Date of Award:
Master of Science (MS)
Animal, Dairy, and Veterinary Sciences
Brett L. Hurst
Brett L. Hurst
E. Bart Tarbet
Shawn M. Zimmerman
Enterovirus D68 (EV-D68) is a virus that causes respiratory disease. Children are most commonly affected by EV-D68 but immunocompromised adults can also get infected and develop severe disease signs. In 2014, the United States experienced an unprecedented outbreak of EV-D68. Similar outbreaks were also observed in 2016, 2018 and 2022. Interestingly, few EV-D68 infections were observed in 2020, likely due to public health measures put in place to reduce the spread of another respiratory disease, coronavirus disease 2019 (COVID-19). EV-D68 is in the same virus family as polio, and one of the most concerning findings from these outbreaks is that EV-D68 cases were strongly correlated to cases of paralysis, typically in the upper limbs of infected children.
There are currently no recommended antiviral drugs or vaccines to fight EV-D68 infection. We evaluated six different antiviral compounds and determined their activity in cells against EV-D68. We found that Enviroxime, EIDD-1931, and NITD008 limited the ability of EV-D68 to replicate and cause cell death. We also characterized EV-D68 in a mouse model of infection to provide insights into the neurological disease caused by EV-D68. EV-D68 caused death and paralysis in 4-7-day old immunocompromised mice. Virus was detected in leg muscle, spinal cord, and lung tissues of infected mice. We evaluated EIDD-1931 and IVIg in our EV-D68 mouse model and found both treatments significantly reduced mortality mice. Treatment with IVIg was also able to significantly reduce paralysis in EV-D68-infected mice.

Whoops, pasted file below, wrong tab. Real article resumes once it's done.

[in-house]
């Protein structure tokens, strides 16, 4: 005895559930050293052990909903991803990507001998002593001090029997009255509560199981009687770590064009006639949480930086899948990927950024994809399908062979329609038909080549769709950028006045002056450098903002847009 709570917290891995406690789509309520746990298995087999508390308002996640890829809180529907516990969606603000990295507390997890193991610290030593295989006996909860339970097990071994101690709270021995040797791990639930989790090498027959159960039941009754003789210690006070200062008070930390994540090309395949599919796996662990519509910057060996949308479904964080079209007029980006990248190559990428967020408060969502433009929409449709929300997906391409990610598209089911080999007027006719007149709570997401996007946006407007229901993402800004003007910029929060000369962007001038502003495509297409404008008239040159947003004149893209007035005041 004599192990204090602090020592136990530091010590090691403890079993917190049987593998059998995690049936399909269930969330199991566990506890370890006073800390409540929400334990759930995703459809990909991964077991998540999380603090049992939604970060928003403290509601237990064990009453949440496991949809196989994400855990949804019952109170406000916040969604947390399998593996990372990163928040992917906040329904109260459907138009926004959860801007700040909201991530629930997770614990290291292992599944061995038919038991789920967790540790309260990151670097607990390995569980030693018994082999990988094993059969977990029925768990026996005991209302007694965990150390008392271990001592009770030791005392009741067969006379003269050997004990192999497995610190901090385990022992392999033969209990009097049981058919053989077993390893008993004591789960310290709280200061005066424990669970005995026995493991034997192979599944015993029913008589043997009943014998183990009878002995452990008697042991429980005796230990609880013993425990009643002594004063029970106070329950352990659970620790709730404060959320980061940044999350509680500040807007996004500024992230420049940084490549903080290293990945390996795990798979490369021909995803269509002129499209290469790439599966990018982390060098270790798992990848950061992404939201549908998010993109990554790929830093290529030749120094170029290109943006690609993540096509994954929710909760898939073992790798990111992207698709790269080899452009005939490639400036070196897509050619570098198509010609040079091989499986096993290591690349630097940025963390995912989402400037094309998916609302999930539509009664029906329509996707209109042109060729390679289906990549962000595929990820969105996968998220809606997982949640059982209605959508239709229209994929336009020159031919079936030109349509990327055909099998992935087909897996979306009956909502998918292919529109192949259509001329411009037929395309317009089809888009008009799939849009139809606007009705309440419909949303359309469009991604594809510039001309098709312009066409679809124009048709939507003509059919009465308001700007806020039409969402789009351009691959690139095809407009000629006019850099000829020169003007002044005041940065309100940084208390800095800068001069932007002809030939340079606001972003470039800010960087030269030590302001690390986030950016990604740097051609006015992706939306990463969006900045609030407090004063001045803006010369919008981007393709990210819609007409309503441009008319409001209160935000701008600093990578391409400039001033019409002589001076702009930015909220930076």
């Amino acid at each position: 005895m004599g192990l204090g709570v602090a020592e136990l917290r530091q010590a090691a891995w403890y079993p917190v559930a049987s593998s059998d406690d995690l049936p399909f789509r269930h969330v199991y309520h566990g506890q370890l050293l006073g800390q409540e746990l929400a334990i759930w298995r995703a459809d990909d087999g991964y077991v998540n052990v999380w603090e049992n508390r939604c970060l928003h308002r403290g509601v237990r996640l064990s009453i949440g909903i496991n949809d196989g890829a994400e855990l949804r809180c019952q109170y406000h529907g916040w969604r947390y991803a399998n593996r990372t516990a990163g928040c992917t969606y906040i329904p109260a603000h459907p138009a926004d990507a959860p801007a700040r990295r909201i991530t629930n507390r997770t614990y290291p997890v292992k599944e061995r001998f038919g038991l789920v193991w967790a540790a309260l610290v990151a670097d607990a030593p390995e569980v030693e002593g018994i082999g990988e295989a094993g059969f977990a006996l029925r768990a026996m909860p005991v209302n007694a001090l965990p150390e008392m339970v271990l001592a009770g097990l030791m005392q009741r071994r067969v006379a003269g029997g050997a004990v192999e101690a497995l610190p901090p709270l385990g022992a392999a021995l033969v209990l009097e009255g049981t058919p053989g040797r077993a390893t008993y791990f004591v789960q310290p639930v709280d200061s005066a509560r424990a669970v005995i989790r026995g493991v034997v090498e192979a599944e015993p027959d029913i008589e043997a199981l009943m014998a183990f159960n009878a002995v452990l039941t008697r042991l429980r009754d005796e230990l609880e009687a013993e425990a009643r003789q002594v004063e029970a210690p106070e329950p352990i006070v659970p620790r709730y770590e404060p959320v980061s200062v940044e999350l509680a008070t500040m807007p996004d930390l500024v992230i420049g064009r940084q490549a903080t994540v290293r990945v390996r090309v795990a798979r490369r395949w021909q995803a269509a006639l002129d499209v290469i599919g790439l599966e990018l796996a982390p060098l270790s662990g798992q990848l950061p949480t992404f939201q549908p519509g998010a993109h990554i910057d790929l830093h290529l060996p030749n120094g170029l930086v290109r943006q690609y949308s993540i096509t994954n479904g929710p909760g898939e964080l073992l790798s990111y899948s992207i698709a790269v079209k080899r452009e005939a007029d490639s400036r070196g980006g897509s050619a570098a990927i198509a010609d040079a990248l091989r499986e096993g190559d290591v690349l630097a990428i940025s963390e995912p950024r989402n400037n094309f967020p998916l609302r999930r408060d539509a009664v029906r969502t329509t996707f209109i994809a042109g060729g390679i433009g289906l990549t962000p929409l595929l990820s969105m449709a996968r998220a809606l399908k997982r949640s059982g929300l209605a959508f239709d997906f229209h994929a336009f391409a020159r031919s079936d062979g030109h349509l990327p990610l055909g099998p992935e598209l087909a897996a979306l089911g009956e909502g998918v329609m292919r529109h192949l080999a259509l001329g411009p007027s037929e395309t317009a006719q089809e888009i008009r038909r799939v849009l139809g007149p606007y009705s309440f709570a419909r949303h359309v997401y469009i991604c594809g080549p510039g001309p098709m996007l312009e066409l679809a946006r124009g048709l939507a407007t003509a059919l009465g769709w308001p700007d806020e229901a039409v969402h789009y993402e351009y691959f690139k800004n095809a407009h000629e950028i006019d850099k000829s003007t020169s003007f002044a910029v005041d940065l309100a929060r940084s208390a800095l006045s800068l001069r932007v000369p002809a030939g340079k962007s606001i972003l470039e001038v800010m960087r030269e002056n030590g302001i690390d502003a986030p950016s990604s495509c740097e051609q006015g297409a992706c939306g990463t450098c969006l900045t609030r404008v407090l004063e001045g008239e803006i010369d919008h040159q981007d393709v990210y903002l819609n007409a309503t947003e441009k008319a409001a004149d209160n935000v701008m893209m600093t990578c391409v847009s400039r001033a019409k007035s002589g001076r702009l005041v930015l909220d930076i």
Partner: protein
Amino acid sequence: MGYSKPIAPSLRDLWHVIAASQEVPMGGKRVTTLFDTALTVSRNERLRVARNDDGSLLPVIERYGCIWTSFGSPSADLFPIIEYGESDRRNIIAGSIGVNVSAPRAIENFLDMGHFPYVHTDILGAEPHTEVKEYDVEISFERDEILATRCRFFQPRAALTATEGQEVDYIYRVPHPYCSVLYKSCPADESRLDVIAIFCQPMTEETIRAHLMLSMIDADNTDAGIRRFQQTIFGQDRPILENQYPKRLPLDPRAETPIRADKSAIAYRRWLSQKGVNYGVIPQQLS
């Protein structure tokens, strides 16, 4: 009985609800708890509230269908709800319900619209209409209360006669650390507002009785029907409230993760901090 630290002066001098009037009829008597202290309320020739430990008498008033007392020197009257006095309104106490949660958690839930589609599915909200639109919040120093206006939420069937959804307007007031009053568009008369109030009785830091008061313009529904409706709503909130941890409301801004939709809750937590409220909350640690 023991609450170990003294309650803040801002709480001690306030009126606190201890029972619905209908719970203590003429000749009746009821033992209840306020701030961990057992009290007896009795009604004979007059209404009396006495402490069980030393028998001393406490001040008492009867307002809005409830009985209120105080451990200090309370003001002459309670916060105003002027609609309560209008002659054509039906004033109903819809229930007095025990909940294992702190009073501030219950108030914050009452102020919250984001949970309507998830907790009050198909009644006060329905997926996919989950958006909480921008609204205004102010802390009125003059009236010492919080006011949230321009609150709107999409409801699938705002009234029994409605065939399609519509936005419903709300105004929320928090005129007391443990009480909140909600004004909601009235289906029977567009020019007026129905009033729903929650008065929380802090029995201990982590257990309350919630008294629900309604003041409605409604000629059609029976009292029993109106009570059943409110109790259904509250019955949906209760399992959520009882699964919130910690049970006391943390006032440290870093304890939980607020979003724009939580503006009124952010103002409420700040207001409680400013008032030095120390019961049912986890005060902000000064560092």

Taylor, Zoe K., "Characterization of Enterovirus D68 in a Mouse Model and Evaluation of Antiviral Therapies" (2023). All Graduate Theses and Dissertations, Fall 2023 to Present. 18.
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